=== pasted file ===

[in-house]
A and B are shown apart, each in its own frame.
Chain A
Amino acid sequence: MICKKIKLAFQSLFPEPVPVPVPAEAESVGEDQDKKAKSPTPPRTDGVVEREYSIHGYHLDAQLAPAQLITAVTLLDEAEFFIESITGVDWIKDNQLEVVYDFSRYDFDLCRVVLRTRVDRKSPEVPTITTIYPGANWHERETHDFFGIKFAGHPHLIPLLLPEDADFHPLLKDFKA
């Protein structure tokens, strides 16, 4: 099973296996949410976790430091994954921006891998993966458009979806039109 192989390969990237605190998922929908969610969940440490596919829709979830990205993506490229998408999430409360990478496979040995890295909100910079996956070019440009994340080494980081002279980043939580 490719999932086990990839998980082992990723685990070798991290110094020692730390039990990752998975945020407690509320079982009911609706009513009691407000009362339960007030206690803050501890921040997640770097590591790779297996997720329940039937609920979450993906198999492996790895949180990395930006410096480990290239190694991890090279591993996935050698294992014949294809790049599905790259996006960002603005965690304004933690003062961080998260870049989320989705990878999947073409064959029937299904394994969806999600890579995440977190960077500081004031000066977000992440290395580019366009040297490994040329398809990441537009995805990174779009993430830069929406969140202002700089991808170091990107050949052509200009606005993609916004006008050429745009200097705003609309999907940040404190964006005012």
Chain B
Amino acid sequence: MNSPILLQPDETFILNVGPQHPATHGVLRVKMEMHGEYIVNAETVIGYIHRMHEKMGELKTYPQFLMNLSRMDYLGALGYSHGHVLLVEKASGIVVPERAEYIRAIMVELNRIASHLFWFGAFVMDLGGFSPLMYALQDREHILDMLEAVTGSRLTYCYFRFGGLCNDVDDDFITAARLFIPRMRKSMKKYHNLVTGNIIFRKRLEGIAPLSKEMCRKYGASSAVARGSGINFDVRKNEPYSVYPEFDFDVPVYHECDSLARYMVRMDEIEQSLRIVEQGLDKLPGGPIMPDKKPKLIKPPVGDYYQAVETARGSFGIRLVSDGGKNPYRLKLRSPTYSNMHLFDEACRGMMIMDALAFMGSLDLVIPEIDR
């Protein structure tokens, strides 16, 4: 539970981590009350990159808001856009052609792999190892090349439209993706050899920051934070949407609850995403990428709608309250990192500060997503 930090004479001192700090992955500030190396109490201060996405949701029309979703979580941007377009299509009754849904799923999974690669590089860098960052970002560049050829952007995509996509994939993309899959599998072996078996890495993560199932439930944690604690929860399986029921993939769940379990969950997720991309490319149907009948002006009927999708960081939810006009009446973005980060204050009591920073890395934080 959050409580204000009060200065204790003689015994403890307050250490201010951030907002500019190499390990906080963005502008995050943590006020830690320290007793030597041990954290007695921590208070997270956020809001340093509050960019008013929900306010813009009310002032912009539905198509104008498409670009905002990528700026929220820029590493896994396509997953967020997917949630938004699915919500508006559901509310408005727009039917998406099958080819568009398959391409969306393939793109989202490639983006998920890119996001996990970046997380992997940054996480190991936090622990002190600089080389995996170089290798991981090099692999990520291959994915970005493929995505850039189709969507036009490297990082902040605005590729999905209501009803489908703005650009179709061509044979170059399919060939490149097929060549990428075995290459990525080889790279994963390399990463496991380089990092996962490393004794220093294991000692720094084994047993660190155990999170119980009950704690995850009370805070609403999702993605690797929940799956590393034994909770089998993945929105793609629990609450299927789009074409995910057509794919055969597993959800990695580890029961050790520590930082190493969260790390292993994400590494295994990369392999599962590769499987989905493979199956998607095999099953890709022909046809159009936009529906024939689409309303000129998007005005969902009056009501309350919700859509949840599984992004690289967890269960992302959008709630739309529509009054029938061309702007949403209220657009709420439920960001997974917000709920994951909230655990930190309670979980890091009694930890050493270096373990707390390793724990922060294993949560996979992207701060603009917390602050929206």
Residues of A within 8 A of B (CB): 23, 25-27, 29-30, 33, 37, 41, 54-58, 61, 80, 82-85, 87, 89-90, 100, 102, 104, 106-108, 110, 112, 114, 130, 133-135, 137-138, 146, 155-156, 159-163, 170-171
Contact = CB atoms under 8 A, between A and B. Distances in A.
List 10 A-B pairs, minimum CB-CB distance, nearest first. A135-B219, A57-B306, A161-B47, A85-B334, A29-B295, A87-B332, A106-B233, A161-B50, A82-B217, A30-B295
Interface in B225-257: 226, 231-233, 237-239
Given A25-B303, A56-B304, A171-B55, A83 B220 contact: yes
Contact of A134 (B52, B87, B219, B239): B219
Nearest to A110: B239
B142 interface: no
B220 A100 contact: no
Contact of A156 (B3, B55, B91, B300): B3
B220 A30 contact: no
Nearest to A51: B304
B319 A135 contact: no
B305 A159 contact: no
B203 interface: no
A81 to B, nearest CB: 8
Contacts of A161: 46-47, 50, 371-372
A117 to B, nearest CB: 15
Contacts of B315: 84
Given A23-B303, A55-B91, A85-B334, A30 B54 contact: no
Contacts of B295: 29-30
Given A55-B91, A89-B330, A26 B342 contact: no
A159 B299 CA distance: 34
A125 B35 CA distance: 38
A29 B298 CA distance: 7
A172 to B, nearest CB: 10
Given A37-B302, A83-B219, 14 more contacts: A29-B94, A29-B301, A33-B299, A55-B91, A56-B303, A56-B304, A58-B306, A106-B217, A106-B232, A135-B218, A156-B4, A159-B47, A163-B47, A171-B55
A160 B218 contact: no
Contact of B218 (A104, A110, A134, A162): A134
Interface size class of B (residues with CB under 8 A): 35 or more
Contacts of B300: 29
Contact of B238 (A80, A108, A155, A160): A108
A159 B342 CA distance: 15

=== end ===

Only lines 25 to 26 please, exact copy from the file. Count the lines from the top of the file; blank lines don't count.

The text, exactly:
Contacts of A161: 46-47, 50, 371-372
A117 to B, nearest CB: 15